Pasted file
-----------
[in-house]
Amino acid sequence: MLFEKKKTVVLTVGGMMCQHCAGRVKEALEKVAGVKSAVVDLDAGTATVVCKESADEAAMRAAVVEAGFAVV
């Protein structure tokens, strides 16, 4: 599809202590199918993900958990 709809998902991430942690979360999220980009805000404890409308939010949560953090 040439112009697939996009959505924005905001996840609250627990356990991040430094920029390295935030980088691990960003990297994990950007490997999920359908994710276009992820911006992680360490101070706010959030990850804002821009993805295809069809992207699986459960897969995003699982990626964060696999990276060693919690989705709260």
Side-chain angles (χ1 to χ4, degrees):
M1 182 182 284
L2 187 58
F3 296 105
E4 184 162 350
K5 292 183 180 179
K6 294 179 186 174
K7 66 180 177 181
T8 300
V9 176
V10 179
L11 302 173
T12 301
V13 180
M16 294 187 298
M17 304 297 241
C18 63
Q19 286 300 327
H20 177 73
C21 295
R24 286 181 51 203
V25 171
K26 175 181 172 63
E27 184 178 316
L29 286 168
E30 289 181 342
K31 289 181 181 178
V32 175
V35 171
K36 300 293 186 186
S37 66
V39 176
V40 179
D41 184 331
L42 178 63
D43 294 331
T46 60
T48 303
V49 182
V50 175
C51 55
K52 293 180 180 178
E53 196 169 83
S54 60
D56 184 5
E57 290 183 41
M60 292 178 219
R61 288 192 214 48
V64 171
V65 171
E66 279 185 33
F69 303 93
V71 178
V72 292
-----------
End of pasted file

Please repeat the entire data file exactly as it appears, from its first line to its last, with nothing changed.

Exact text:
[in-house]
Amino acid sequence: MLFEKKKTVVLTVGGMMCQHCAGRVKEALEKVAGVKSAVVDLDAGTATVVCKESADEAAMRAAVVEAGFAVV
């Protein structure tokens, strides 16, 4: 599809202590199918993900958990 709809998902991430942690979360999220980009805000404890409308939010949560953090 040439112009697939996009959505924005905001996840609250627990356990991040430094920029390295935030980088691990960003990297994990950007490997999920359908994710276009992820911006992680360490101070706010959030990850804002821009993805295809069809992207699986459960897969995003699982990626964060696999990276060693919690989705709260």
Side-chain angles (χ1 to χ4, degrees):
M1 182 182 284
L2 187 58
F3 296 105
E4 184 162 350
K5 292 183 180 179
K6 294 179 186 174
K7 66 180 177 181
T8 300
V9 176
V10 179
L11 302 173
T12 301
V13 180
M16 294 187 298
M17 304 297 241
C18 63
Q19 286 300 327
H20 177 73
C21 295
R24 286 181 51 203
V25 171
K26 175 181 172 63
E27 184 178 316
L29 286 168
E30 289 181 342
K31 289 181 181 178
V32 175
V35 171
K36 300 293 186 186
S37 66
V39 176
V40 179
D41 184 331
L42 178 63
D43 294 331
T46 60
T48 303
V49 182
V50 175
C51 55
K52 293 180 180 178
E53 196 169 83
S54 60
D56 184 5
E57 290 183 41
M60 292 178 219
R61 288 192 214 48
V64 171
V65 171
E66 279 185 33
F69 303 93
V71 178
V72 292